Yesterday's toughest mountain stage of Paris-Nice saw race leader Bradley Wiggins take a huge but by no means decisive step towards becoming Britain's first outright winner of the prestigious French race since Tom Simpson back in 1967.
On the painfully steep three kilometre finishing climb to Mende airfield deep in the bleak, freezing uplands of the Massif Central, Wiggins showed himself to be every inch the leader. As his team-mates whittled down the pack to a bare half-dozen, Wiggins stayed resolutely close to the front and even briefly went on the counter-attack when stage winner Lieuwe Westra of the Netherlands sped away.
Ably supported by Sky climber Richie Porte on Mende's lower slopes, who laid down such a punishing pace that rival attacks became all but impossible, Wiggins finally crossed the line in third place, a handful of seconds behind Westra.
It was an impressive show of strength by Sky, but one which did relatively little to change the status quo prior to Mende. The Briton's overall lead on Westra remains a slender six seconds, while two other dangermen, Levi Leipheimer and Alejandro Valverde, are still at 20 seconds or less.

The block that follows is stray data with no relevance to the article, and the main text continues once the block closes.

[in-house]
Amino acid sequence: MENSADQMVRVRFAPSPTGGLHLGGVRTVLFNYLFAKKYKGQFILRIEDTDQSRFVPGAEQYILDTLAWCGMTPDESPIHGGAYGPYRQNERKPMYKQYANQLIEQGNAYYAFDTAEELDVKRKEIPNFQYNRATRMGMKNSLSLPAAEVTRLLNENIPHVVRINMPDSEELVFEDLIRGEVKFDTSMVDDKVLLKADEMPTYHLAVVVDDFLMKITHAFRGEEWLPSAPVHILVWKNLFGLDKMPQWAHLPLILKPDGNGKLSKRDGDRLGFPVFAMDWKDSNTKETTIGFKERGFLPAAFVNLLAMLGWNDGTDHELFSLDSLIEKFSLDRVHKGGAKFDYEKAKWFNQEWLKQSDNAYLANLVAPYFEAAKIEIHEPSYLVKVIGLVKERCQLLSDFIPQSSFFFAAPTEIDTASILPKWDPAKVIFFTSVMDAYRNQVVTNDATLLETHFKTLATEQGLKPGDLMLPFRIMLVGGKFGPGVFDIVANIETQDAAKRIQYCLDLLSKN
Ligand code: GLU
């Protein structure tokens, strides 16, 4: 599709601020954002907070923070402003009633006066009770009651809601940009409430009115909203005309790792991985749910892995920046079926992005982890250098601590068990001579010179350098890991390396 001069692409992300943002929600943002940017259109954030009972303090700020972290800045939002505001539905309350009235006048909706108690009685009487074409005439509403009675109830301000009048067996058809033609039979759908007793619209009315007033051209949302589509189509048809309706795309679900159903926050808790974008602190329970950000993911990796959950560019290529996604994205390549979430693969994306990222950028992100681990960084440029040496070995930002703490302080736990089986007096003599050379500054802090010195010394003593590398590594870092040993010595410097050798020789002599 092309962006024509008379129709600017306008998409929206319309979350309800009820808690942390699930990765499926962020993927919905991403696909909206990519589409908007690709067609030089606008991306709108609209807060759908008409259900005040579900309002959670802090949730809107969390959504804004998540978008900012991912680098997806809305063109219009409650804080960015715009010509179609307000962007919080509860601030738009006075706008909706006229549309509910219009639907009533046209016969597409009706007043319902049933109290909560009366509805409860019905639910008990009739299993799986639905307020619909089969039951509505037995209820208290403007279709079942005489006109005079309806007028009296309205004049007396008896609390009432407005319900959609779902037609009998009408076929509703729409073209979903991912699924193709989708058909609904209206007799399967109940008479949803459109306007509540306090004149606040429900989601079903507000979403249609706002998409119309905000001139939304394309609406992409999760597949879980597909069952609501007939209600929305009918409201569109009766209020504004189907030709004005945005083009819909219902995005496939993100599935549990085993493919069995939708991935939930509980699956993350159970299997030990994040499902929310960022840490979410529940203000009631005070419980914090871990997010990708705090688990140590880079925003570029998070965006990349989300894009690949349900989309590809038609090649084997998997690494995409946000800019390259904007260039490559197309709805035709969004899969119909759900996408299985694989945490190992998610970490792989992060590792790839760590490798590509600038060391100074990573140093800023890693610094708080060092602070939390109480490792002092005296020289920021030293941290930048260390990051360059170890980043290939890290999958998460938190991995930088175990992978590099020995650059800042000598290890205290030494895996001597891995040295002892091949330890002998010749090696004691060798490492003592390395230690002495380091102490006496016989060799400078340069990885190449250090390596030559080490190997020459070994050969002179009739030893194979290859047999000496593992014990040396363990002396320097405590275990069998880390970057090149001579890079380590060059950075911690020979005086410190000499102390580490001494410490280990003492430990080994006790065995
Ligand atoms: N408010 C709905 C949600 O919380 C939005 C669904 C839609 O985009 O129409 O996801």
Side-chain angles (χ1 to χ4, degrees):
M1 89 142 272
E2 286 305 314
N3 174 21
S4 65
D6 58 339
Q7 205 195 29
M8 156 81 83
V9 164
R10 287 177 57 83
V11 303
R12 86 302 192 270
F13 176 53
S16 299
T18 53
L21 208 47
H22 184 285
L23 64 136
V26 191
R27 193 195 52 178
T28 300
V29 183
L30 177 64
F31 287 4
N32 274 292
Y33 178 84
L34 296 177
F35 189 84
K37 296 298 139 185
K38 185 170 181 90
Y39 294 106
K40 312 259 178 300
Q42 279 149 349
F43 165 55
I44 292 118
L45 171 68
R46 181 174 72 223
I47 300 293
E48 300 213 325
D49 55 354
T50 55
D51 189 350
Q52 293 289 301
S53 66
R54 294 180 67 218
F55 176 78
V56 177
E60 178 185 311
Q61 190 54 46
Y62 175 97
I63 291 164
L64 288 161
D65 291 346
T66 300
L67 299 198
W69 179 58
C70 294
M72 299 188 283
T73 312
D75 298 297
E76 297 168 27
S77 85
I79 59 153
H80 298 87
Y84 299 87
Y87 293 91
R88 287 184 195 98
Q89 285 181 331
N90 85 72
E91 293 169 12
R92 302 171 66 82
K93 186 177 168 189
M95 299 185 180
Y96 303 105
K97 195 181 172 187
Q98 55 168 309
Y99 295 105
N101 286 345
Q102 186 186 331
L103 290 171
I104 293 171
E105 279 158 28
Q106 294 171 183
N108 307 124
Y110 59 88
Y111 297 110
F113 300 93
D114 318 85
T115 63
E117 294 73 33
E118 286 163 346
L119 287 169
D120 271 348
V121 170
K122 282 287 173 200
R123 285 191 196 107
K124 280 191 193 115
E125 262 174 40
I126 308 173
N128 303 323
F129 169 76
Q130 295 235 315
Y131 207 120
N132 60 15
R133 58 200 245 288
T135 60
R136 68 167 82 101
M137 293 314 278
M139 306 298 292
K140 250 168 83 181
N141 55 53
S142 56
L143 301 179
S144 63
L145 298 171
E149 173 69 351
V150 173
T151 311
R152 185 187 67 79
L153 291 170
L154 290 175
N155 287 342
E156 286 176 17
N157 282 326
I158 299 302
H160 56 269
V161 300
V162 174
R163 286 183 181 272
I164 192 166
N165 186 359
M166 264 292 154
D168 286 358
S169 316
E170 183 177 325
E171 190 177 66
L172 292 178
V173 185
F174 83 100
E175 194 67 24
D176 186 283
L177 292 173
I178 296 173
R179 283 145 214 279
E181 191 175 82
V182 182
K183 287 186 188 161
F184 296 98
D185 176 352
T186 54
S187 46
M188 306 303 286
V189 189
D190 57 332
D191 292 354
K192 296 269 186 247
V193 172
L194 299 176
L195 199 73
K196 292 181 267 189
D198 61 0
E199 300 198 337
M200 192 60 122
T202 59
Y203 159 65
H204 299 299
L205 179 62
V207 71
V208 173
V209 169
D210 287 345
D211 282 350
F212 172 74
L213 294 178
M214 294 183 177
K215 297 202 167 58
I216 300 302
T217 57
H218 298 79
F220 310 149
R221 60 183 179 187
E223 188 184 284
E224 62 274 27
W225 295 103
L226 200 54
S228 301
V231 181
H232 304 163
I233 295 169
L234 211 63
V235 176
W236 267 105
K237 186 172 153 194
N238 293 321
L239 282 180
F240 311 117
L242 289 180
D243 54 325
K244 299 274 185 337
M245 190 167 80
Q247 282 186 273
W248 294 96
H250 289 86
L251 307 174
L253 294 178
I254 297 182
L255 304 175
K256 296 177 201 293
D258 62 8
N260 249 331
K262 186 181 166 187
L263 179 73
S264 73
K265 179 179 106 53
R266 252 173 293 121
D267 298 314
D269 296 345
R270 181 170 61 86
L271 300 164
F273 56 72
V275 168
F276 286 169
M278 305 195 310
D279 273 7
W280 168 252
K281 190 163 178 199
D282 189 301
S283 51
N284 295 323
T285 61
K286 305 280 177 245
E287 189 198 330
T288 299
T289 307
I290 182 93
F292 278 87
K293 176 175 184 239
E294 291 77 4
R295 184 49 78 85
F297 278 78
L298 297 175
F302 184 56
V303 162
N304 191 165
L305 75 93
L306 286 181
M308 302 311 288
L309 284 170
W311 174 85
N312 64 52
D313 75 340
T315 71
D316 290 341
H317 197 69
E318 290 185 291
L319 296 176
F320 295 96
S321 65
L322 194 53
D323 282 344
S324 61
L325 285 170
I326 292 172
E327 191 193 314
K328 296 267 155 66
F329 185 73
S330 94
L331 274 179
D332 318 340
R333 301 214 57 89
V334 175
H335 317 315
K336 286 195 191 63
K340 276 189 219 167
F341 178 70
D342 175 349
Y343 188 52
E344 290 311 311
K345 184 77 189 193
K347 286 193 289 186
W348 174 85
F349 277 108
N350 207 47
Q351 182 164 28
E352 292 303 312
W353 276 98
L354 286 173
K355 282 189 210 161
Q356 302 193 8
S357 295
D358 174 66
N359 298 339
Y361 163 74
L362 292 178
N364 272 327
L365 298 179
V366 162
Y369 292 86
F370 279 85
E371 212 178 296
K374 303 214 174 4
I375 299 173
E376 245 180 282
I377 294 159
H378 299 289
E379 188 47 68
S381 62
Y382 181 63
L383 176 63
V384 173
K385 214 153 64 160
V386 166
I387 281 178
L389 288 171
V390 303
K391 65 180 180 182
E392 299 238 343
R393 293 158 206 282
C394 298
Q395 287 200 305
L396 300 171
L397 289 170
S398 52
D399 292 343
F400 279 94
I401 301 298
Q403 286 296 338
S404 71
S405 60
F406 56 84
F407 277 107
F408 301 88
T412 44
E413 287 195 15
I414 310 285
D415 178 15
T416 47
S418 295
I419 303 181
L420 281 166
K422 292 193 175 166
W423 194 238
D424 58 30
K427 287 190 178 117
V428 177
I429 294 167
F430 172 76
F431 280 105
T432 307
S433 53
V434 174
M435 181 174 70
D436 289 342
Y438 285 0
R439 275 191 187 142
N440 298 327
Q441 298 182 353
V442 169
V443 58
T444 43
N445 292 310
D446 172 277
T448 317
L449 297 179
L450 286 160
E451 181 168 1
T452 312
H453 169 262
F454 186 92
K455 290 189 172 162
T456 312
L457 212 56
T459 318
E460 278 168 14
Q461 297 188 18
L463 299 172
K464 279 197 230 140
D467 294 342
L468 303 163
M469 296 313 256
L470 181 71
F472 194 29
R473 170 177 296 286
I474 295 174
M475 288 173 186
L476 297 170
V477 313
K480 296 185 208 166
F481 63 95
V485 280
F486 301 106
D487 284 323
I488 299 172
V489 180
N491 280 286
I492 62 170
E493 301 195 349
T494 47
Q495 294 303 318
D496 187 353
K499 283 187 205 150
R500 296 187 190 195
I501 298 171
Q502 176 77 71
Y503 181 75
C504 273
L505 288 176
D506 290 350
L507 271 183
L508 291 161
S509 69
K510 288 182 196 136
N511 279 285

Barring any unexpected upsets over the next two days, Wiggins himself recognised that the time gaps are so close it is only Sunday's final 9.6 kilometre uphill time-trial on the Col d'Eze just outside Nice that will now decide the race – making for an ultra-tense final 72 hours of racing.
"Today was a day in hell because of the cold," Wiggins said. "It's not the climb I like but I have worked very hard on that this winter. The priority is still the final time-trial, but maybe we did the toughest part today."
Meanwhile in Italy, Sky had a second reason to be cheerful after Wiggins' team-mate Mark Cavendish secured a comfortable bunch-sprint win in the Tirreno-Adriatico stage race, his fourth victory of the year. The reigning world champion easily outgunned Tyler Farrar, America's top sprinter, to claim his first win in the Italian race since 2009.
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